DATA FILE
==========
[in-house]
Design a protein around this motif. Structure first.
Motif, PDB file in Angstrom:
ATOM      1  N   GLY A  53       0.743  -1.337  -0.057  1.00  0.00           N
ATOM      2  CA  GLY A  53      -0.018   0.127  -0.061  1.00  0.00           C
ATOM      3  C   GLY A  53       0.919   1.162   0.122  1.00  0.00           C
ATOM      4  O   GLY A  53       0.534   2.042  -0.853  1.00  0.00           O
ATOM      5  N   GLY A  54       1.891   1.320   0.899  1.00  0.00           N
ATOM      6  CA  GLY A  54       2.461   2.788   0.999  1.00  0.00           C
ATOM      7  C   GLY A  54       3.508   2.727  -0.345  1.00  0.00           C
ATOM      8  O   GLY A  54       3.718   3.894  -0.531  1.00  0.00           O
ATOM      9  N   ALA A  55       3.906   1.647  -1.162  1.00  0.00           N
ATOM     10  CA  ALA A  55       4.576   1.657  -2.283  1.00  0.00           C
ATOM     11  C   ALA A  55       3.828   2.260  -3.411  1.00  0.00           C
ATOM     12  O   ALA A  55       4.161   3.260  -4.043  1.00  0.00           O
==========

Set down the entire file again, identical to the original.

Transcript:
[in-house]
Design a protein around this motif. Structure first.
Motif, PDB file in Angstrom:
ATOM      1  N   GLY A  53       0.743  -1.337  -0.057  1.00  0.00           N
ATOM      2  CA  GLY A  53      -0.018   0.127  -0.061  1.00  0.00           C
ATOM      3  C   GLY A  53       0.919   1.162   0.122  1.00  0.00           C
ATOM      4  O   GLY A  53       0.534   2.042  -0.853  1.00  0.00           O
ATOM      5  N   GLY A  54       1.891   1.320   0.899  1.00  0.00           N
ATOM      6  CA  GLY A  54       2.461   2.788   0.999  1.00  0.00           C
ATOM      7  C   GLY A  54       3.508   2.727  -0.345  1.00  0.00           C
ATOM      8  O   GLY A  54       3.718   3.894  -0.531  1.00  0.00           O
ATOM      9  N   ALA A  55       3.906   1.647  -1.162  1.00  0.00           N
ATOM     10  CA  ALA A  55       4.576   1.657  -2.283  1.00  0.00           C
ATOM     11  C   ALA A  55       3.828   2.260  -3.411  1.00  0.00           C
ATOM     12  O   ALA A  55       4.161   3.260  -4.043  1.00  0.00           O